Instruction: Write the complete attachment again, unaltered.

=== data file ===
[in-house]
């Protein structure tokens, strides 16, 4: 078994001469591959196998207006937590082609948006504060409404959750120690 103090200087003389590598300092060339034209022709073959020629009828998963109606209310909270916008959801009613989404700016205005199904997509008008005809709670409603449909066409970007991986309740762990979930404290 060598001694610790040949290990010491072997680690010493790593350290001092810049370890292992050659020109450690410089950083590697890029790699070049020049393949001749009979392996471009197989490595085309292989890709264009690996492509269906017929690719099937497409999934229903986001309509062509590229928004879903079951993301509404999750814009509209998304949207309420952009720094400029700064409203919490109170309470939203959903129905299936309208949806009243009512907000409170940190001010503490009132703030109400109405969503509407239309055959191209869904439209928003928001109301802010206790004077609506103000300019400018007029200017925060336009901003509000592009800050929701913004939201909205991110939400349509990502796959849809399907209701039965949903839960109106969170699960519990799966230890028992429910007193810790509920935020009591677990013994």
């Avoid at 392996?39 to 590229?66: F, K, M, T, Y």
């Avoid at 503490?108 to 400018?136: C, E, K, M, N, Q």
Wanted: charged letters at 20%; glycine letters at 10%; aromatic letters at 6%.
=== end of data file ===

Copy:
[in-house]
């Protein structure tokens, strides 16, 4: 078994001469591959196998207006937590082609948006504060409404959750120690 103090200087003389590598300092060339034209022709073959020629009828998963109606209310909270916008959801009613989404700016205005199904997509008008005809709670409603449909066409970007991986309740762990979930404290 060598001694610790040949290990010491072997680690010493790593350290001092810049370890292992050659020109450690410089950083590697890029790699070049020049393949001749009979392996471009197989490595085309292989890709264009690996492509269906017929690719099937497409999934229903986001309509062509590229928004879903079951993301509404999750814009509209998304949207309420952009720094400029700064409203919490109170309470939203959903129905299936309208949806009243009512907000409170940190001010503490009132703030109400109405969503509407239309055959191209869904439209928003928001109301802010206790004077609506103000300019400018007029200017925060336009901003509000592009800050929701913004939201909205991110939400349509990502796959849809399907209701039965949903839960109106969170699960519990799966230890028992429910007193810790509920935020009591677990013994």
């Avoid at 392996?39 to 590229?66: F, K, M, T, Y």
């Avoid at 503490?108 to 400018?136: C, E, K, M, N, Q």
Wanted: charged letters at 20%; glycine letters at 10%; aromatic letters at 6%.